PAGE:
French museums seek help

Updated: 2013-01-06 11:58

By Doreen Carvajal(

The New York Times


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 French museums seek help

Philippe Belaval, below, of the French landmarks agency is using crowdfunding to help restore the Pantheon. Photographs by Stephane Remael for The International Herlad Tribune

French museums seek help

PARIS - The crass term for it is begging, but the French prefer a loftier description: "participatory financing."

For as little as a single euro, even the most ordinary art connoisseur can join the fund-raising fraternite that is working to restore the dome of the Pantheon here. Contribute a few hundred more and you get an invitation from the Center for National Monuments, the French landmarks agency, to a party there, at the emblematic temple of the republic.

Maybe you'd like to help the Louvre buy a pair of 13th-century ivory statuettes, or the Museum of Fine Arts in Lyon get the Ingres oil it so very much desires?

The austerity measures that have hurt the arts across the Continent have been particularly unsettling in France, where cultural spending is so sacrosanct that it has long been one investment on which governments both left and right could agree. But now the directors of grand cultural institutions here are resorting to public appeals and the technique called crowdfunding to pay for the things they want.

An assortment of enticements, like free tickets and party invitations, have been trotted out. Donate to the Pantheon cause, for example, and your picture will be posted on a temporary kiosk outside.

So far the appeals are working. With the help of 2,500 contributors, the Louvre has raised $654,000 toward acquiring the statuettes, priced at $3.4 million.

The Lyon museum has collected $91,000 toward that painting by Ingres, which is valued at close to $1 million.

During the first campaign for the Pantheon, officials deliberately set a modest initial fund-raising goal of $6,500 to avoid intimidating donors. It was quickly surpassed and, in four weeks, the campaign has reaped almost $34,000. More than 450 contributors were lured.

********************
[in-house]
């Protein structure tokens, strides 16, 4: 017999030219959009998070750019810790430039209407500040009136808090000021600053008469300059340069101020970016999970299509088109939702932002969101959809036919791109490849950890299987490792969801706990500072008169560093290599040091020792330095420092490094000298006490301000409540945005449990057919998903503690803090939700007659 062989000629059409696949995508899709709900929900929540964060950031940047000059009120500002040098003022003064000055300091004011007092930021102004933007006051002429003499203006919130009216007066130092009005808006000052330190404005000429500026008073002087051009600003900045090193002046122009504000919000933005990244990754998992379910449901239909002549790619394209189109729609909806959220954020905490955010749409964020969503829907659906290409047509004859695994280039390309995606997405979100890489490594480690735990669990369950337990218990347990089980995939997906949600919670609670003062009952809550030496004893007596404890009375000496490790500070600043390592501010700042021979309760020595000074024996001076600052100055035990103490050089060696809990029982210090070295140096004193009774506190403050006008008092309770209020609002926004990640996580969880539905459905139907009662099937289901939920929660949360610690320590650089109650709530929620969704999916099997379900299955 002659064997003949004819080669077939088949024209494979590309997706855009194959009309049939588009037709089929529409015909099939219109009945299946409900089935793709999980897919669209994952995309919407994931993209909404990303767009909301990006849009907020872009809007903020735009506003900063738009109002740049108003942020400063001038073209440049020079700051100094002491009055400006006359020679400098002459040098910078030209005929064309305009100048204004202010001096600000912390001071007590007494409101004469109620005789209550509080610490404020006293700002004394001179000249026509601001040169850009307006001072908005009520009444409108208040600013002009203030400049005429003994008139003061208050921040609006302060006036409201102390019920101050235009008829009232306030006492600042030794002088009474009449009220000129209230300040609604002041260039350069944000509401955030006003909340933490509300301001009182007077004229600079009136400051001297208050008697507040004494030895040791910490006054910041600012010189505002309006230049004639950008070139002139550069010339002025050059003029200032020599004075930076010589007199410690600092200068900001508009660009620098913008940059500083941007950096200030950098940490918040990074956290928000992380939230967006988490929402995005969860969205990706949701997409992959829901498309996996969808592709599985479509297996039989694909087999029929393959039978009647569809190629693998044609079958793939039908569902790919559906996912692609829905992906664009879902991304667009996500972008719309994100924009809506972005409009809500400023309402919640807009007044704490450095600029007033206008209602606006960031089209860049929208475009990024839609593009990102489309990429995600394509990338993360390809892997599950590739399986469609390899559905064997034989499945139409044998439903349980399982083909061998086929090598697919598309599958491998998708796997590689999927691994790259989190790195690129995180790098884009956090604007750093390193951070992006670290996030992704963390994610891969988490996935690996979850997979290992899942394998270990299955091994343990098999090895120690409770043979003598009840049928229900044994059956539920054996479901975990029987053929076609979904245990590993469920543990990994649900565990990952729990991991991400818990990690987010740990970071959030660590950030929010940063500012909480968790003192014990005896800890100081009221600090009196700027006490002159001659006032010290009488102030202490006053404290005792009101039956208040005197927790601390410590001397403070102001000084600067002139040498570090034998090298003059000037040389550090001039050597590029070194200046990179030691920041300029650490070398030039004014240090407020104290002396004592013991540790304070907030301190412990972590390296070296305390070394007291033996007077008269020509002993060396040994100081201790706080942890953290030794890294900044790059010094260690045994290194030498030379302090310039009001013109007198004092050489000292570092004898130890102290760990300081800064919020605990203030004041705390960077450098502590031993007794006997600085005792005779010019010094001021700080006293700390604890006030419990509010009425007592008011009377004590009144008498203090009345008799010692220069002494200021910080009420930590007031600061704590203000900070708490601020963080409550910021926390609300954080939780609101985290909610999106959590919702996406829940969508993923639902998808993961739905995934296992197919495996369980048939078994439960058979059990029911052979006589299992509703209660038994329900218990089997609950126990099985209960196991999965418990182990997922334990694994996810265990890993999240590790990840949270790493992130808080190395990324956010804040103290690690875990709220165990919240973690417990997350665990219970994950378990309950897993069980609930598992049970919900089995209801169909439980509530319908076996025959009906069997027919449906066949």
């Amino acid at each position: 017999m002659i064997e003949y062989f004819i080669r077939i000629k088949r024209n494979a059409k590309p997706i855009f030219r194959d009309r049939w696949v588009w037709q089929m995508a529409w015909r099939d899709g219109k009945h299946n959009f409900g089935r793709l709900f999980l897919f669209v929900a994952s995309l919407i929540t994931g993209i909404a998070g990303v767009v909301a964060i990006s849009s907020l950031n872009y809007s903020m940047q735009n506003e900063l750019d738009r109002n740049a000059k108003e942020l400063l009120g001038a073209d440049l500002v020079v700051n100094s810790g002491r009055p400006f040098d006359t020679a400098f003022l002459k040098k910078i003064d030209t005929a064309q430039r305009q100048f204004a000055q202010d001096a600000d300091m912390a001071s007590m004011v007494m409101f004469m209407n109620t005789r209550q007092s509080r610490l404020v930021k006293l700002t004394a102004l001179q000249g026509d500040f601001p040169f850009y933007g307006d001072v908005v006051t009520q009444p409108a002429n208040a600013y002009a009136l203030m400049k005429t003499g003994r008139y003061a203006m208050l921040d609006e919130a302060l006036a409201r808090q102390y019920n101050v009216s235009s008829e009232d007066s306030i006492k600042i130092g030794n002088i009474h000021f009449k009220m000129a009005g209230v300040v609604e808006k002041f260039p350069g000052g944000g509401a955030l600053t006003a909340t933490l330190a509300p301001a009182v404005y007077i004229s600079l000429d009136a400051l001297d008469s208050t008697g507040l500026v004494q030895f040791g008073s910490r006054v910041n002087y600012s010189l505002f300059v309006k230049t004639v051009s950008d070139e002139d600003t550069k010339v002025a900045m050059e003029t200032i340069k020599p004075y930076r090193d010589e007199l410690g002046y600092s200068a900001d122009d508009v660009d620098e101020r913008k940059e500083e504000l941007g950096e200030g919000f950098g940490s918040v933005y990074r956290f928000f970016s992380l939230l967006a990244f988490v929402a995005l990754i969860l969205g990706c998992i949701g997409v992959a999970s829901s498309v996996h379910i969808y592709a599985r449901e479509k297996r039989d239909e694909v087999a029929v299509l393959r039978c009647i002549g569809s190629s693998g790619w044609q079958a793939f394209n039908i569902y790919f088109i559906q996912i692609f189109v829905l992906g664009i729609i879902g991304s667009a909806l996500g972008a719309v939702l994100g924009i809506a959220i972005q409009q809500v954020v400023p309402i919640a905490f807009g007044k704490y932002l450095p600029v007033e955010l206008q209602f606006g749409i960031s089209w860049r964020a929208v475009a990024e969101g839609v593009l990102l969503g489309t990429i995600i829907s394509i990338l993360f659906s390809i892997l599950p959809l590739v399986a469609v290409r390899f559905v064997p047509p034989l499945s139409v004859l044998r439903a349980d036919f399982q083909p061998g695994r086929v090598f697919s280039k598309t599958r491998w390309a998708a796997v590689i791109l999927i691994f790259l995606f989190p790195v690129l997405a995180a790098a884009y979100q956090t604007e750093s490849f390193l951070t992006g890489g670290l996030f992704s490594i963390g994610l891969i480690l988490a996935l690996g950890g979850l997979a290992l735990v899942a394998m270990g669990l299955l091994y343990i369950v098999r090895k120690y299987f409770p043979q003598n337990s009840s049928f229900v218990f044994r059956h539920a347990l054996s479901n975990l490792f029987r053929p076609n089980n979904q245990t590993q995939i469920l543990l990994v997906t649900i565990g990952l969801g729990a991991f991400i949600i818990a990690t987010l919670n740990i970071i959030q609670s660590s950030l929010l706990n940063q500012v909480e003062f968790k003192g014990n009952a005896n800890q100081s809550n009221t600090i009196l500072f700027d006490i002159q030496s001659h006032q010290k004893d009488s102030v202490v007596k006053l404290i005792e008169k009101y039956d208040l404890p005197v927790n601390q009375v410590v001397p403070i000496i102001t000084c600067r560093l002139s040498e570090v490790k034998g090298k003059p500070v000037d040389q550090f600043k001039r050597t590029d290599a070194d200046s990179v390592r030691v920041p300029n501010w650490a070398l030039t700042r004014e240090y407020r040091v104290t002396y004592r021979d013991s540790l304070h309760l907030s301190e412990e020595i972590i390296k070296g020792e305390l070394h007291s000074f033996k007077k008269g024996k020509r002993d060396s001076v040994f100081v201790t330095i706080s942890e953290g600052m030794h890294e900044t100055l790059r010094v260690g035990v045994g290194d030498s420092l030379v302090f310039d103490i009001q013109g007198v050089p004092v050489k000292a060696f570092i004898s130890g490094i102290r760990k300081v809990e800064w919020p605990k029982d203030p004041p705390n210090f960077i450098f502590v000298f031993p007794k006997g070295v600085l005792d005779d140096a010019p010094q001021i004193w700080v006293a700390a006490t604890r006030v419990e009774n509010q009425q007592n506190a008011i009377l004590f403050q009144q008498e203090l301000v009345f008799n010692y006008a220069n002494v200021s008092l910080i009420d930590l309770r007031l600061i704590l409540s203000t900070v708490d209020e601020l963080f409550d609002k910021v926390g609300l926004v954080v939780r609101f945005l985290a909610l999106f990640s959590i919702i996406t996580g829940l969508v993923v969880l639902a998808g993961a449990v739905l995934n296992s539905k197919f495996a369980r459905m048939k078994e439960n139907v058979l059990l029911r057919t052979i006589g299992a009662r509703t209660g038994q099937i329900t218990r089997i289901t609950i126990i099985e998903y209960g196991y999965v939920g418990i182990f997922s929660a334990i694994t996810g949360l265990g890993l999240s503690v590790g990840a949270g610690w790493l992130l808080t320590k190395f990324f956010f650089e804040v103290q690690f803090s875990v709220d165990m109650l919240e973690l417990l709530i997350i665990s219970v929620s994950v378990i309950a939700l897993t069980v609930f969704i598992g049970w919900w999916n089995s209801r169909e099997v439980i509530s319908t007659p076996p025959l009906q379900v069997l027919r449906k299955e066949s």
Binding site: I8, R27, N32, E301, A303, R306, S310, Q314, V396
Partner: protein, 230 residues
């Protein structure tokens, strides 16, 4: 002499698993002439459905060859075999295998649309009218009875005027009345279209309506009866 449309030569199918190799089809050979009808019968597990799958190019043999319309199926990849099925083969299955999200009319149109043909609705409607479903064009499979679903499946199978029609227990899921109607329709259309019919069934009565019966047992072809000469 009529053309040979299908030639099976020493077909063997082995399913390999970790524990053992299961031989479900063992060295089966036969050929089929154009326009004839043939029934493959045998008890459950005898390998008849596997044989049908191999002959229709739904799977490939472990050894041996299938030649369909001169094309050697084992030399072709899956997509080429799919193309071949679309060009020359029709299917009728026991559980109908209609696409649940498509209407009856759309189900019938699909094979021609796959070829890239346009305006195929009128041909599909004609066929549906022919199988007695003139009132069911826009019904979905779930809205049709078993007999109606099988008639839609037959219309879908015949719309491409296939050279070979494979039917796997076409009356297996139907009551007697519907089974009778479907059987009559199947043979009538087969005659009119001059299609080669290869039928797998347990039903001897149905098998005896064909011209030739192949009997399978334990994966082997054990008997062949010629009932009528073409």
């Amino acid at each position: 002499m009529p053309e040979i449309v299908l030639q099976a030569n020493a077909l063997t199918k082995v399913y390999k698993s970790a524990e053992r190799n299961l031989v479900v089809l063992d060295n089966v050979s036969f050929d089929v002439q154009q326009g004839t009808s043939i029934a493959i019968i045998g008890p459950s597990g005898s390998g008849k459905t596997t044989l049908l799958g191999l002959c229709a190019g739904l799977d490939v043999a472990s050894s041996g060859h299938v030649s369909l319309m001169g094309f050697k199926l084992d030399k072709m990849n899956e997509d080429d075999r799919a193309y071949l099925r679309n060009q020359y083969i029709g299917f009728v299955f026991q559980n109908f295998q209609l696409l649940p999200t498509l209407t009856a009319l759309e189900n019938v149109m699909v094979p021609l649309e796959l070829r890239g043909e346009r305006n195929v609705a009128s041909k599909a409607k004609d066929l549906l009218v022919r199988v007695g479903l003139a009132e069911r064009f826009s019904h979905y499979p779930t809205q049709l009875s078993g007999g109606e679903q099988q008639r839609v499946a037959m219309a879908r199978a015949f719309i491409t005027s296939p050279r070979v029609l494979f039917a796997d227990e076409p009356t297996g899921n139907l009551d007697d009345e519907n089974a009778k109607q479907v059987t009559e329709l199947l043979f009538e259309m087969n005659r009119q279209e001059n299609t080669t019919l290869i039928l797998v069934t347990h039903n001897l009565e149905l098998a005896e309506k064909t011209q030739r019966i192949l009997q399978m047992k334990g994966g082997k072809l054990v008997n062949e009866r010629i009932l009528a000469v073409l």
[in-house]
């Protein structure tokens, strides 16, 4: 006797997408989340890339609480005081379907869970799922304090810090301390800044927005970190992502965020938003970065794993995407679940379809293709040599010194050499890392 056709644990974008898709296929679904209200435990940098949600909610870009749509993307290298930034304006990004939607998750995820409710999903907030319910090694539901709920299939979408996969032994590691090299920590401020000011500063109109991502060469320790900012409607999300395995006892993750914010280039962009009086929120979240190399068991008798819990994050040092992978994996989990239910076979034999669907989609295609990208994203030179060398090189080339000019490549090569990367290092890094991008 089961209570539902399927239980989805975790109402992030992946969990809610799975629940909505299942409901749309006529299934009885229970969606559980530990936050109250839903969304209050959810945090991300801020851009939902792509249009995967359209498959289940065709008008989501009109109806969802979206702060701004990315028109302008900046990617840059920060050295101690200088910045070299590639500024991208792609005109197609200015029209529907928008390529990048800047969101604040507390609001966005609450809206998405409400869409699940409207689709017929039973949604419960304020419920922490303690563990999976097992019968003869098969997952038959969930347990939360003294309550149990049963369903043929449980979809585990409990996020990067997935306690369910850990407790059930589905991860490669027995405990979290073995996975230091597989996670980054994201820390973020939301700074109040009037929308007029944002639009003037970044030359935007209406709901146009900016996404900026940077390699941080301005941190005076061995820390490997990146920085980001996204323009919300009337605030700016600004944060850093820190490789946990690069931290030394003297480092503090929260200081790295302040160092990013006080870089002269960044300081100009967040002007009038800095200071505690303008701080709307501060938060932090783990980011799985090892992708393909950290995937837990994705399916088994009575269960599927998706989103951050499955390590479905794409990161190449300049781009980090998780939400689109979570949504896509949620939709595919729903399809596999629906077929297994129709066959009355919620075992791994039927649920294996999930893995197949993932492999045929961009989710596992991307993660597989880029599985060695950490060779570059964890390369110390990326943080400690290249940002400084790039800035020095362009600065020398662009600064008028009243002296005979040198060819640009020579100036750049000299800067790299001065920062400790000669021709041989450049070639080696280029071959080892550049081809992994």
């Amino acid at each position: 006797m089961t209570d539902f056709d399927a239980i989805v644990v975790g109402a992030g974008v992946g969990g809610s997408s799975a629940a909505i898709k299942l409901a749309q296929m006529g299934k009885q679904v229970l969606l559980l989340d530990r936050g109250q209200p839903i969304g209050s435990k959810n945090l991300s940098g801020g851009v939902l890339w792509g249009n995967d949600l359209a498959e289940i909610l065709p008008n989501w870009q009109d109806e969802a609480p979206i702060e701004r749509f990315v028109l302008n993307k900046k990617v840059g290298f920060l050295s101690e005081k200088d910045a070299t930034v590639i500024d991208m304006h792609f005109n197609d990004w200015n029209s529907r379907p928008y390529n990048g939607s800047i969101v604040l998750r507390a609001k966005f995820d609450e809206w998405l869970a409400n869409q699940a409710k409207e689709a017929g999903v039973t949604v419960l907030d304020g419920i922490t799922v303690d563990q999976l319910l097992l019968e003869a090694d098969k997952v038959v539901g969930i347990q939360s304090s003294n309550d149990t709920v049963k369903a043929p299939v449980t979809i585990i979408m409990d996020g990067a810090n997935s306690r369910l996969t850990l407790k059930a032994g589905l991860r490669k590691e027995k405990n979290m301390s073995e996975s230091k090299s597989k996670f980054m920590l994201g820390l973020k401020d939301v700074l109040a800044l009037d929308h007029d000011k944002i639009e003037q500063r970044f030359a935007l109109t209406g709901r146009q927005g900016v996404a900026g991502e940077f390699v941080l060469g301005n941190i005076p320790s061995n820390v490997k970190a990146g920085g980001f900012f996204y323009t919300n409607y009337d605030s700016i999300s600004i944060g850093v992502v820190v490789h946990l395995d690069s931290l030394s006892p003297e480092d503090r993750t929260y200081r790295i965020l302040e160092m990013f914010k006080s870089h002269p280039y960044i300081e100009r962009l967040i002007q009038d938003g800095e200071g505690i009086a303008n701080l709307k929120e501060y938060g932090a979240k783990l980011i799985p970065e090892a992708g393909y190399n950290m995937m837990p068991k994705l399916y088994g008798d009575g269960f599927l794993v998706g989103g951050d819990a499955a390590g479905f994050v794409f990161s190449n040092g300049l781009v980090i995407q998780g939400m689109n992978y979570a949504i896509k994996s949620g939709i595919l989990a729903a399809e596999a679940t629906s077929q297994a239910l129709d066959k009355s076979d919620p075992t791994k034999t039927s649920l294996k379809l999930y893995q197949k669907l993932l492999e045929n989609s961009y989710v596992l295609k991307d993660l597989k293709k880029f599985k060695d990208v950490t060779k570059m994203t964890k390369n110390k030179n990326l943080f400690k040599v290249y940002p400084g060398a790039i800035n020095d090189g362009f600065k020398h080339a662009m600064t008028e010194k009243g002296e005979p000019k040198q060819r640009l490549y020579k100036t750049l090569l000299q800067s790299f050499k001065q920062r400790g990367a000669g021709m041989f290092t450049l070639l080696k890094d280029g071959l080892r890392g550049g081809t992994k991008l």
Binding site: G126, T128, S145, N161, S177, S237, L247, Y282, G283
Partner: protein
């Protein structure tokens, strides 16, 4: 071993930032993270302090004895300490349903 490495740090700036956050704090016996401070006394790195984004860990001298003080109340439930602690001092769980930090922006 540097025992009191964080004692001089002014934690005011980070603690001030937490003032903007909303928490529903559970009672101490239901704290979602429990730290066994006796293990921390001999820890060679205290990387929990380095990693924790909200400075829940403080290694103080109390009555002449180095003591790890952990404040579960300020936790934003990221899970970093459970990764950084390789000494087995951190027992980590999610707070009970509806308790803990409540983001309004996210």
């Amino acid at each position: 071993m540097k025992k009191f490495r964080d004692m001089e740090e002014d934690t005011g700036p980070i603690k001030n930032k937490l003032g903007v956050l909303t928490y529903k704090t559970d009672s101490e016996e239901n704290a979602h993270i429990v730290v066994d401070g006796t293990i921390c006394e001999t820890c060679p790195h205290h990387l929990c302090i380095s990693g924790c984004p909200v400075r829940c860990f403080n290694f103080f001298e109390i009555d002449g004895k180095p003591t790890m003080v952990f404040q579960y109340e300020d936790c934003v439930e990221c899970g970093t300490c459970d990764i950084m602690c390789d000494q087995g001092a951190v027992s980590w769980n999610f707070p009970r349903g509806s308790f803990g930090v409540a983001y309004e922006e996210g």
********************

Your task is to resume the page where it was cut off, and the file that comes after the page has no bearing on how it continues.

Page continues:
"My passion is history and so I gave 300 euros," Cyril Guerineau, 36, a police officer from outside of Paris, said of his donation of about $395. "It's a monument that is the most prominent symbol in our nation with a lot of luminaries buried there who represent the history of France." He added that he was also interested in the party invitation.

Even today the French government spends more than twice as much on culture as Germany, a larger and more prosperous neighbor. But a cut to the culture budget of more than 4 percent, to $3.1 billion, is the first in more than 30 years. Money for new art acquisitions has shrunk to $11.1 million, from $26 million in 2009.

The cuts have set off a scramble among institutions for revenue. "We're all confronted with the same reality and exploring the same track," said Philippe Belaval, president of the landmarks agency, which is working with a crowdfunding French start-up, My Major Company, in a pilot project to raise money for four state landmarks, including restoration projects at the Pantheon and Mont St.-Michel.

"With crowdfunding," he said, "we have an advantage in the competition. Our monuments are deeply part of our country and the collective conscious of people."

My Major Company, founded in 2007 in France to finance musical projects, started backing cultural landmarks after approaching the culture ministry with the idea. Michael Goldman, 33, a founder of the company, said, "It's a real solution for a lot of areas in crisis."

Other countries, like Britain, the Netherlands and Germany, are also experimenting with this kind of online civic financing.

In the past three years the Louvre has proved the most adept at tapping the support of thousands of donors online. Its first campaign, in 2010, reaped more than $1.6 million from over 7,000 donors to acquire a 16th-century oil painting of three nude women by Lucas Cranach.

Mr. Belaval said he was not particularly worried about the pace of giving. "To scale a mountain you have to start with a little mountain," he said.

Help the Louvre buy a pair of statuettes from the 13th century.

The New York Times

(China Daily 01/06/2013 page12)